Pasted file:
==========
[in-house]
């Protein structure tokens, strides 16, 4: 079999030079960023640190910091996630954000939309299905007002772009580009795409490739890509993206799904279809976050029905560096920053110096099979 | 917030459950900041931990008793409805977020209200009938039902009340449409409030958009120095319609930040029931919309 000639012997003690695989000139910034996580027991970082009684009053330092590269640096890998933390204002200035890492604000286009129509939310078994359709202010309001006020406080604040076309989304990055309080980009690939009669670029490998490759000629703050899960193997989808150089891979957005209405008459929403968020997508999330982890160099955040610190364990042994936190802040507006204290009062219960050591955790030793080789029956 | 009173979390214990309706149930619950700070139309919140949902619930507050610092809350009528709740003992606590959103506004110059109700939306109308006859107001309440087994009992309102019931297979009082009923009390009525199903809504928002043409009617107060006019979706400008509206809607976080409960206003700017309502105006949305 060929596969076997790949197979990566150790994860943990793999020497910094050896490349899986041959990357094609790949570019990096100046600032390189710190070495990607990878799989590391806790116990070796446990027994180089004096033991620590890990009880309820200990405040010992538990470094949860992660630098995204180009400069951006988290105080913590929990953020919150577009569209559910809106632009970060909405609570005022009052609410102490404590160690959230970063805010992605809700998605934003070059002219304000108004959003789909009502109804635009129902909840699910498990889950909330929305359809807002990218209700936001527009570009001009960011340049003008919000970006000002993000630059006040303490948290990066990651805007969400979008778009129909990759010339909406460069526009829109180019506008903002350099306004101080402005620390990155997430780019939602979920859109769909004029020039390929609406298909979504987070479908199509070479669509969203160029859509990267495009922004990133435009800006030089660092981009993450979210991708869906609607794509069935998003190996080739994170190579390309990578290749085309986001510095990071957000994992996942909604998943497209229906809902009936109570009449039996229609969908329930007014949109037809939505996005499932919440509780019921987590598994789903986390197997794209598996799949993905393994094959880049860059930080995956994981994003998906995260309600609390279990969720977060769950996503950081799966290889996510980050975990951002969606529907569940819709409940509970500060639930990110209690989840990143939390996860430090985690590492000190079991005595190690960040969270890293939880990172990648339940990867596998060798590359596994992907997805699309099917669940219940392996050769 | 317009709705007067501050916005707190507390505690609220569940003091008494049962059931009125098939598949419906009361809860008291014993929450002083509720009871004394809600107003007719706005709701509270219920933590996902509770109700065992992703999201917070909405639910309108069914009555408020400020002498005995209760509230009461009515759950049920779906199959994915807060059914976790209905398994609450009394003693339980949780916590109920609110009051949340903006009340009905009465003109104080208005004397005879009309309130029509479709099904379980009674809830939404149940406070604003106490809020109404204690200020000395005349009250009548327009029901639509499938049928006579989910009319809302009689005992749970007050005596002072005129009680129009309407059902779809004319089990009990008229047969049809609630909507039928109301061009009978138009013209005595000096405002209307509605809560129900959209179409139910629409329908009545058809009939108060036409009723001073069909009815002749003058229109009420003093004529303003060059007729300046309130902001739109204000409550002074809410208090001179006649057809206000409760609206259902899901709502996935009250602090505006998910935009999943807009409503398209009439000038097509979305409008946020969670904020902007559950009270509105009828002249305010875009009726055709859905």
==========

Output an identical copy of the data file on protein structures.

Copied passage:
[in-house]
């Protein structure tokens, strides 16, 4: 079999030079960023640190910091996630954000939309299905007002772009580009795409490739890509993206799904279809976050029905560096920053110096099979 | 917030459950900041931990008793409805977020209200009938039902009340449409409030958009120095319609930040029931919309 000639012997003690695989000139910034996580027991970082009684009053330092590269640096890998933390204002200035890492604000286009129509939310078994359709202010309001006020406080604040076309989304990055309080980009690939009669670029490998490759000629703050899960193997989808150089891979957005209405008459929403968020997508999330982890160099955040610190364990042994936190802040507006204290009062219960050591955790030793080789029956 | 009173979390214990309706149930619950700070139309919140949902619930507050610092809350009528709740003992606590959103506004110059109700939306109308006859107001309440087994009992309102019931297979009082009923009390009525199903809504928002043409009617107060006019979706400008509206809607976080409960206003700017309502105006949305 060929596969076997790949197979990566150790994860943990793999020497910094050896490349899986041959990357094609790949570019990096100046600032390189710190070495990607990878799989590391806790116990070796446990027994180089004096033991620590890990009880309820200990405040010992538990470094949860992660630098995204180009400069951006988290105080913590929990953020919150577009569209559910809106632009970060909405609570005022009052609410102490404590160690959230970063805010992605809700998605934003070059002219304000108004959003789909009502109804635009129902909840699910498990889950909330929305359809807002990218209700936001527009570009001009960011340049003008919000970006000002993000630059006040303490948290990066990651805007969400979008778009129909990759010339909406460069526009829109180019506008903002350099306004101080402005620390990155997430780019939602979920859109769909004029020039390929609406298909979504987070479908199509070479669509969203160029859509990267495009922004990133435009800006030089660092981009993450979210991708869906609607794509069935998003190996080739994170190579390309990578290749085309986001510095990071957000994992996942909604998943497209229906809902009936109570009449039996229609969908329930007014949109037809939505996005499932919440509780019921987590598994789903986390197997794209598996799949993905393994094959880049860059930080995956994981994003998906995260309600609390279990969720977060769950996503950081799966290889996510980050975990951002969606529907569940819709409940509970500060639930990110209690989840990143939390996860430090985690590492000190079991005595190690960040969270890293939880990172990648339940990867596998060798590359596994992907997805699309099917669940219940392996050769 | 317009709705007067501050916005707190507390505690609220569940003091008494049962059931009125098939598949419906009361809860008291014993929450002083509720009871004394809600107003007719706005709701509270219920933590996902509770109700065992992703999201917070909405639910309108069914009555408020400020002498005995209760509230009461009515759950049920779906199959994915807060059914976790209905398994609450009394003693339980949780916590109920609110009051949340903006009340009905009465003109104080208005004397005879009309309130029509479709099904379980009674809830939404149940406070604003106490809020109404204690200020000395005349009250009548327009029901639509499938049928006579989910009319809302009689005992749970007050005596002072005129009680129009309407059902779809004319089990009990008229047969049809609630909507039928109301061009009978138009013209005595000096405002209307509605809560129900959209179409139910629409329908009545058809009939108060036409009723001073069909009815002749003058229109009420003093004529303003060059007729300046309130902001739109204000409550002074809410208090001179006649057809206000409760609206259902899901709502996935009250602090505006998910935009999943807009409503398209009439000038097509979305409008946020969670904020902007559950009270509105009828002249305010875009009726055709859905």